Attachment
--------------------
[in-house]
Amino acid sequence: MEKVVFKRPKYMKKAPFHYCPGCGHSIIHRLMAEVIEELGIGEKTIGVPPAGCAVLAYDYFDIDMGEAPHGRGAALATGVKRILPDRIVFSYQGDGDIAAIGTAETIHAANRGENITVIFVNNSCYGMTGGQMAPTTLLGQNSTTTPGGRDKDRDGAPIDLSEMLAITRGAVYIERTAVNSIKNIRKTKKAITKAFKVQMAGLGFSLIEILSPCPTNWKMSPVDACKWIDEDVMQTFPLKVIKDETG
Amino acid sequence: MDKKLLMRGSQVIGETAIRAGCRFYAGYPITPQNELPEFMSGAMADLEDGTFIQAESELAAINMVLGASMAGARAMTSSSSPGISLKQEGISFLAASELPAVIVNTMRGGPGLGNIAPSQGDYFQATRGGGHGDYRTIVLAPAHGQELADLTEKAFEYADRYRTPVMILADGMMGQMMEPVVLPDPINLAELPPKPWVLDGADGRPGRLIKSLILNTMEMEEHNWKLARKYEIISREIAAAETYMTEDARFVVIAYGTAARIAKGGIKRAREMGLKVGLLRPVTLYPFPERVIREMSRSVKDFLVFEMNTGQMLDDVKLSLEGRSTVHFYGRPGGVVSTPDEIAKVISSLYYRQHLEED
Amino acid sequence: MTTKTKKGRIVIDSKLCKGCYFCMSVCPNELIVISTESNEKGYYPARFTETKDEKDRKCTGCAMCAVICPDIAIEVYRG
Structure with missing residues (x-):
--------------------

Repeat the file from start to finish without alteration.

[in-house]
Amino acid sequence: MEKVVFKRPKYMKKAPFHYCPGCGHSIIHRLMAEVIEELGIGEKTIGVPPAGCAVLAYDYFDIDMGEAPHGRGAALATGVKRILPDRIVFSYQGDGDIAAIGTAETIHAANRGENITVIFVNNSCYGMTGGQMAPTTLLGQNSTTTPGGRDKDRDGAPIDLSEMLAITRGAVYIERTAVNSIKNIRKTKKAITKAFKVQMAGLGFSLIEILSPCPTNWKMSPVDACKWIDEDVMQTFPLKVIKDETG
Amino acid sequence: MDKKLLMRGSQVIGETAIRAGCRFYAGYPITPQNELPEFMSGAMADLEDGTFIQAESELAAINMVLGASMAGARAMTSSSSPGISLKQEGISFLAASELPAVIVNTMRGGPGLGNIAPSQGDYFQATRGGGHGDYRTIVLAPAHGQELADLTEKAFEYADRYRTPVMILADGMMGQMMEPVVLPDPINLAELPPKPWVLDGADGRPGRLIKSLILNTMEMEEHNWKLARKYEIISREIAAAETYMTEDARFVVIAYGTAARIAKGGIKRAREMGLKVGLLRPVTLYPFPERVIREMSRSVKDFLVFEMNTGQMLDDVKLSLEGRSTVHFYGRPGGVVSTPDEIAKVISSLYYRQHLEED
Amino acid sequence: MTTKTKKGRIVIDSKLCKGCYFCMSVCPNELIVISTESNEKGYYPARFTETKDEKDRKCTGCAMCAVICPDIAIEVYRG
Structure with missing residues (x-):